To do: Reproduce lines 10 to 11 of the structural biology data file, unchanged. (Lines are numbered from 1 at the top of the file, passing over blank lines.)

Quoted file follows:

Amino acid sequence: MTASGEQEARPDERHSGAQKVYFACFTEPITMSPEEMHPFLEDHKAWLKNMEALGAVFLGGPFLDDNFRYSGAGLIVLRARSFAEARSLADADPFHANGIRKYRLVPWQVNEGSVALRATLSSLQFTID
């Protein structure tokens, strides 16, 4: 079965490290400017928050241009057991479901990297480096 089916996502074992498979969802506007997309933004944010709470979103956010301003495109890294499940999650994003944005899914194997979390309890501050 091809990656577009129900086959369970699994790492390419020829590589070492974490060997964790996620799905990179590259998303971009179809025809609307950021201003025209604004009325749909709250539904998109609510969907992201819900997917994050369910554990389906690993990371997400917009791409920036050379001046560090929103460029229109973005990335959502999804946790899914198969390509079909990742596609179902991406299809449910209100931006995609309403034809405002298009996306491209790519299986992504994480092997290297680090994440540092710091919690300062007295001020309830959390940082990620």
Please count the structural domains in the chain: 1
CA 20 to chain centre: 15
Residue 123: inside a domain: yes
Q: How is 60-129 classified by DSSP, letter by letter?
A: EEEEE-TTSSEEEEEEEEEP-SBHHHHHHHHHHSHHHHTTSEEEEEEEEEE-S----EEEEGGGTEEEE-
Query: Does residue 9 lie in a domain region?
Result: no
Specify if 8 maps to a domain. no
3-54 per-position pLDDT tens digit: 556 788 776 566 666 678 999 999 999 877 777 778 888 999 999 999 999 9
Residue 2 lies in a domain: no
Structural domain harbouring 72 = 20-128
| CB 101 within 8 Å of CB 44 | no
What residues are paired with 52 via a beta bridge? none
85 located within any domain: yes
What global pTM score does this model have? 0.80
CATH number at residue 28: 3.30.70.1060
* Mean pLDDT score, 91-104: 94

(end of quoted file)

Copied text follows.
Specify if 8 maps to a domain. no
3-54 per-position pLDDT tens digit: 556 788 776 566 666 678 999 999 999 877 777 778 888 999 999 999 999 9